Part of theQuick Takes
Yesterday at the Council on Foreign Relations, I had the honor of interviewing Senator John Cornyn (R-TX) on his plans to “modernize” the Committee on Foreign Investment in the United States (CFIUS). In his opening remarks, Mr. Cornyn admitted CFIUS is working reasonably well, but that there are many gaps being exploited by countries, such as China, in order to leapfrog technology. Left unchecked, our military’s competitive advantage could erode, and our national security would be undermined. His legislation, known as the Foreign Investment Risk Review Modernization Act (FIRRM Act), is a “measured approach to close those gaps” and modernize the review process.
What it is not
A self-described free trader, Mr. Cornyn said his legislation is not an attack on foreign investment or free trade and is neither economic protectionism nor intended to advance the notion of economic reciprocity. Yet updating the CFIUS process, he believes, is part of a necessary overall strategy to better protect our national and economic security. The legislation will not single out any countries or specific technologies but will expand the scope of projects that can be reviewed. He cited that real estate deals might now be subject to review, given concerns that certain countries are acquiring land near military installations. And that joint ventures established by U.S. companies with foreign partners overseas could also be subject to CFIUS. Greenfield investment would still remain outside the scope of CFIUS in order not to block the creation of jobs in the U.S. Asked about examples of deals that he thought should have been blocked by CFIUS, Mr. Cornyn responded that he is “agonistic on deals”; rather, the legislation is intended to capture more investments. He further noted that no ownership thresholds are set forth and that they are not concerned about passive investments.
While no countries are named in the legislation, he did single out China throughout his comments saying its government is “weaponizing investment” and systematically acquiring U.S. technology to exploit the gaps in our legislation to invest in order to gain a technological advantage. In briefings, he noted that Defense Secretary Mattis and other leaders in the security and intelligence fields have detailed how China is making strategic investments in sensitive technologies. In the unimaginable event that we had a military conflict, we could potentially see U.S. technology being used against our military. For example, there are early stage investments in technologies that CFIUS does not capture currently, and coverage should be extended to venture capital investments.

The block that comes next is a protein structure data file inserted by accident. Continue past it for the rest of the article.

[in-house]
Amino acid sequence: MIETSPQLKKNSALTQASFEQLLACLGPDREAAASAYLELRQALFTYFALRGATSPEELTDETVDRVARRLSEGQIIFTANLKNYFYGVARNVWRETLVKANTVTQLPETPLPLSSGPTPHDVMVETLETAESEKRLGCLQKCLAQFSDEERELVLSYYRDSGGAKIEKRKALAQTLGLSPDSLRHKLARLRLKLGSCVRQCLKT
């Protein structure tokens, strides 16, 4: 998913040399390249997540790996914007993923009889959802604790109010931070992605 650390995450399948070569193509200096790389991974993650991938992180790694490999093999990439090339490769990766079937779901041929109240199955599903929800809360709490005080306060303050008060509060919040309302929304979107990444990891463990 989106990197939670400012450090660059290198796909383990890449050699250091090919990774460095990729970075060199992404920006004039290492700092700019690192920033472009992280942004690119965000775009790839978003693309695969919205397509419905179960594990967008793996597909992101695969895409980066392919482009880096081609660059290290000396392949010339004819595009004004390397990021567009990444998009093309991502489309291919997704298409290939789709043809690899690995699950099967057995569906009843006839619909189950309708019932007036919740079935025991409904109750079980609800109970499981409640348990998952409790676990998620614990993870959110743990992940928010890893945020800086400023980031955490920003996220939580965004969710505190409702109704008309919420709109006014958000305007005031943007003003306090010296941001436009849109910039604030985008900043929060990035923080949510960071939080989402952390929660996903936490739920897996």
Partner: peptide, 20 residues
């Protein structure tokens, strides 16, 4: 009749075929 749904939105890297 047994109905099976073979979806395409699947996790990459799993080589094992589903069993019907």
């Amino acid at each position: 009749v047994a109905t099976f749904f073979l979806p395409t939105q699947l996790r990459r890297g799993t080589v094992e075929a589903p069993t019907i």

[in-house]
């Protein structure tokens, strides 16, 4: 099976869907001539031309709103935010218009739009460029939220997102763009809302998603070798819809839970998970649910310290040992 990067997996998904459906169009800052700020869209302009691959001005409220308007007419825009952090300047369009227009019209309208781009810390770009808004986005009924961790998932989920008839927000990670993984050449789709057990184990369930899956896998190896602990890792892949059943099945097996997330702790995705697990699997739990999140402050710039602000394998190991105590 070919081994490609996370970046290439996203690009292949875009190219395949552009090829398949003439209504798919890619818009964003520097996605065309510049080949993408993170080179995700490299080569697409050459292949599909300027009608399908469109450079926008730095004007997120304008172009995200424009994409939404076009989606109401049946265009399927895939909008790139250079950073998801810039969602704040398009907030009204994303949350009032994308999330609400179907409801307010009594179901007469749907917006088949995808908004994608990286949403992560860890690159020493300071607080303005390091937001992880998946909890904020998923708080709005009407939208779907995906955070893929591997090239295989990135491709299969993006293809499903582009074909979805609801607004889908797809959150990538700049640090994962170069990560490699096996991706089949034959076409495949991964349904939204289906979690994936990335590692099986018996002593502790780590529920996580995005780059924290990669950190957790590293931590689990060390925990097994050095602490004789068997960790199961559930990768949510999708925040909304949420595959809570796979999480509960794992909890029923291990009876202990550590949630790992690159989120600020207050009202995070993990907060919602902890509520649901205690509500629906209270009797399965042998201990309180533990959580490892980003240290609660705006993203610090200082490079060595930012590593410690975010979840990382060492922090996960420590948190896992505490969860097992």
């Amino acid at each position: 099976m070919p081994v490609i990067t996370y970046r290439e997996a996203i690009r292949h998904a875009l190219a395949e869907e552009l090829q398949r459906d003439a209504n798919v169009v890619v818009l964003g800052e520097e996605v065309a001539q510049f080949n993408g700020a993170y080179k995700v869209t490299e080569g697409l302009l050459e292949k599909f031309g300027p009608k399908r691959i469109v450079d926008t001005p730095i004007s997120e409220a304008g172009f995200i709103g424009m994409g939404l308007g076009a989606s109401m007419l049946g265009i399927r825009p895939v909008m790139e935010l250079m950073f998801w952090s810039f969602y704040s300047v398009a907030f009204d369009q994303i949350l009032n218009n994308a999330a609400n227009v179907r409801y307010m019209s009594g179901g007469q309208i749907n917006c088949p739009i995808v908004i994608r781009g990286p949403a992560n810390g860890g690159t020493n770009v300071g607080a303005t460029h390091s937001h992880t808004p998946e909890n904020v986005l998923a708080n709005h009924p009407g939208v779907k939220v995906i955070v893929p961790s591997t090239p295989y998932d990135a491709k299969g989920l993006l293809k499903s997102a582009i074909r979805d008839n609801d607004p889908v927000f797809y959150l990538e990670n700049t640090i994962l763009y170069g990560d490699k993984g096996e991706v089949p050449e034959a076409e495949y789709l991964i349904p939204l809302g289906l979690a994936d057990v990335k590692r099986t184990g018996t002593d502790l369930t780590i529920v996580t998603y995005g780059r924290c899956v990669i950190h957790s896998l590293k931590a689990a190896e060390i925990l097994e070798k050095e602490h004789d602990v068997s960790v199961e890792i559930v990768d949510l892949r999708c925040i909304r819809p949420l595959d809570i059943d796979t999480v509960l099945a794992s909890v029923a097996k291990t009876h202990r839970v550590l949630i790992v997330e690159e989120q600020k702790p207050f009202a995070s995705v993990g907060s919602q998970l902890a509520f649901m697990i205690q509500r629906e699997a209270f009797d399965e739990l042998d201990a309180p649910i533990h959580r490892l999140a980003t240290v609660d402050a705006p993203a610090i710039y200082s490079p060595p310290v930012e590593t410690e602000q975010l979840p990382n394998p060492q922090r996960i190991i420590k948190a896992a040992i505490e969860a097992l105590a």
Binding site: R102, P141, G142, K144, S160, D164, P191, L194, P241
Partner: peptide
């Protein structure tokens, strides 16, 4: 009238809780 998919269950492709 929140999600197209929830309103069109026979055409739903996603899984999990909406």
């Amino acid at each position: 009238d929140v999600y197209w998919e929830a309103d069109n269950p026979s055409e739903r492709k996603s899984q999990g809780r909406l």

As the CFIUS review process is transactional by its nature, if it is going to be effective in dealing with the systematic approach by foreign countries in acquiring U.S. technology, it is clear that the new legislation needs to be one part of a larger strategy. In addition, it is not clear how this new legislation provides coverage that is not already permitted within the existing legislation. For example, CFIUS has been used to review acquisitions in a pork processing plant, where it is not inherently evident as to why this investment would qualify as a threat to our national security. The challenge in developing the legislation will be to balance the benefits that accrue to the U.S. economy from an open investment environment with potential threats to national security. This legislation must stay focused on the national security concerns, as there are other means of dealing with the economic and trade-related issues with countries such as China.
FIRMM Act Status
About the timing of the legislation, Mr. Cornyn responded that they are putting the final touches on the text and ensuring that they are reaching out to the business community and foreign policy experts for input. He is confident there will be broad bipartisan support for the bill, and announced that Senator Gary Peters (D-MI) will be a co-sponsor and is optimistic others will join. Asked about whether he has spoken with President Trump about the legislation, he answered that the White House has been generally supportive of the effort to address CFIUS and that he has been coordinating closely with Treasury, the CFIUS lead. He gave no time frame for submitting the FIRMM Act instead saying that he wants to make sure to “get it right”.